Beyoncé Knowles-Carter’s gift to the world
By Terelle Jerricks, Managing Editor
My assignment is to mount an expedition deep into the heart of Black is King, the just-released musical film and visual album by Beyoncé Knowles-Carter, and return with the answers to the questions that these days weigh so heavily on the minds of white people — you know, whether black lives matter, and why that should matter to someone living a white life. Yeah, those questions. Sweet assignment.
Or it might be, except that Black is King was never intended to answer white questions. Its music, visuals and message were conceived, created and calibrated so as to reach Africans throughout the diaspora.
Black is King was not green-lighted to sort and organize white supremacy’s rusty old parts, arranging the whats, hows and whys in a way that makes clear its simple, enduring machinery. Beyoncé was looking forward as she created this companion piece to The Lion King. With Black is King, she is advancing the story, encouraging and celebrating the future, lifting and being lifted by possibilities far beyond the small minds and cramped comfort zones that allow the legal tools and institutions from the days of slavery to continue to support white supremacy.
Black is King wasn’t intended to clarify why so many white people have taken to the streets in alliance with the cause of Black Lives Matter, although I would venture to say that the movement’s legions of supporters understand that “black lives matter” isn’t a rallying cry against white people, but a statement of affirmation against American institutions that state otherwise.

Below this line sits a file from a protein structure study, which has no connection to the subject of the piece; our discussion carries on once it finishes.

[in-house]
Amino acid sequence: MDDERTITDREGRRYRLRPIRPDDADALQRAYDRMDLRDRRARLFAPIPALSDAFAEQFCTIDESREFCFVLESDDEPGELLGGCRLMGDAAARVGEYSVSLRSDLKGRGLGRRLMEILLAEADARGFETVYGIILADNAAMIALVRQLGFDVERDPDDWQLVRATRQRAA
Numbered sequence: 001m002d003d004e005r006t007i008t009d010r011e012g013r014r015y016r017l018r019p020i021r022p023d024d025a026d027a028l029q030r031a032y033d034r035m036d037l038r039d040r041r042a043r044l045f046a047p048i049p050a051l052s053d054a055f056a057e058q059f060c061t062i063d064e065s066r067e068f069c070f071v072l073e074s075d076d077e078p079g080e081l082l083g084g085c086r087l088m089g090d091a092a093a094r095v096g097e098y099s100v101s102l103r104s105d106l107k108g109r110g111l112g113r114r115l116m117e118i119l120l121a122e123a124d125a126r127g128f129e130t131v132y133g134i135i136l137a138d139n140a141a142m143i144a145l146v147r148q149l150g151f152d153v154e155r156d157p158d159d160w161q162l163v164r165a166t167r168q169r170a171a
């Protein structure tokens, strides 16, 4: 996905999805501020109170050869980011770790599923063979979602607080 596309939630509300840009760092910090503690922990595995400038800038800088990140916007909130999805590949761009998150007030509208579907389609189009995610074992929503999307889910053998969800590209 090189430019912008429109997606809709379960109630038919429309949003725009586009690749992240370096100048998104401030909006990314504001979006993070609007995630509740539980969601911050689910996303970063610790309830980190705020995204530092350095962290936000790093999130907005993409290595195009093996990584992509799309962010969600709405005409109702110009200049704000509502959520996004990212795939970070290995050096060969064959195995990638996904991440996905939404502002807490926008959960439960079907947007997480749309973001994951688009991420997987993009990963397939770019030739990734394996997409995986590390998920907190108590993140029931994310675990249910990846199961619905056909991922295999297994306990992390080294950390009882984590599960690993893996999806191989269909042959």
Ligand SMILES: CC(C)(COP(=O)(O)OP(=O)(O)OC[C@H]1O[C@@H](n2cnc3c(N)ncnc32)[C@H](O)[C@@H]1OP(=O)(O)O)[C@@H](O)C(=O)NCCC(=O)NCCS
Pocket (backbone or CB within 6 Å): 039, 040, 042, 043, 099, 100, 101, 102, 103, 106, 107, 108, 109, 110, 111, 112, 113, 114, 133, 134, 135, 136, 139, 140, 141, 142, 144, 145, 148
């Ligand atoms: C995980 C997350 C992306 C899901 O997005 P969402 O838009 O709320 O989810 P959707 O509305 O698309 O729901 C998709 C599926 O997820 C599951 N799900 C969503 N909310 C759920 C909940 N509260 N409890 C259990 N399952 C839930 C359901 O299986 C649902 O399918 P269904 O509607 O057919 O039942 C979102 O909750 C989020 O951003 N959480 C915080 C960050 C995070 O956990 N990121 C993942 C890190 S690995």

Reports from the entertainment industry are describing Black is King as an urgent passion project, needed now, in this moment, more than ever before.
Black is King was released on July 31 as a visual companion to the 2019 album The Lion King: The Gift, a tie-in album curated by Beyoncé for the 2019 remake of The Lion King. After watching the musical film, a few thoughts came to mind.
Black people of African descent everywhere have long sought to center our origin story in a way that’s truthful, and nurturing to our psyche and spirit and intentionally forward looking. It’s the reason we reflect the idea that our origins come from royalty and power, something not defined by slavery and humiliation. Given the number of films that use the African savannah as a backdrop, it’s amazing how rare it is for black folks to be the center of those stories. That’s even true of the original animated feature The Lion King, Walt Disney Animation Studio’s first original story not based on an existing work.
It used to annoy me that whenever I saw stories set in Africa, the stories were about the animals, or human stories of indeterminate cultures were told through anthropomorphized animals. Rarely did I see stories about Africa from Africans from an African perspective.
This Disney animated feature follows the young Prince Simba, the heir of his father Mufasa. Simba’s wicked uncle Scar plots to usurp Mufasa’s throne by luring father and son into a trap, but Simba escapes and only Mufasa is killed. Simba returns as an adult to take back his homeland from his uncle with the help of his friends.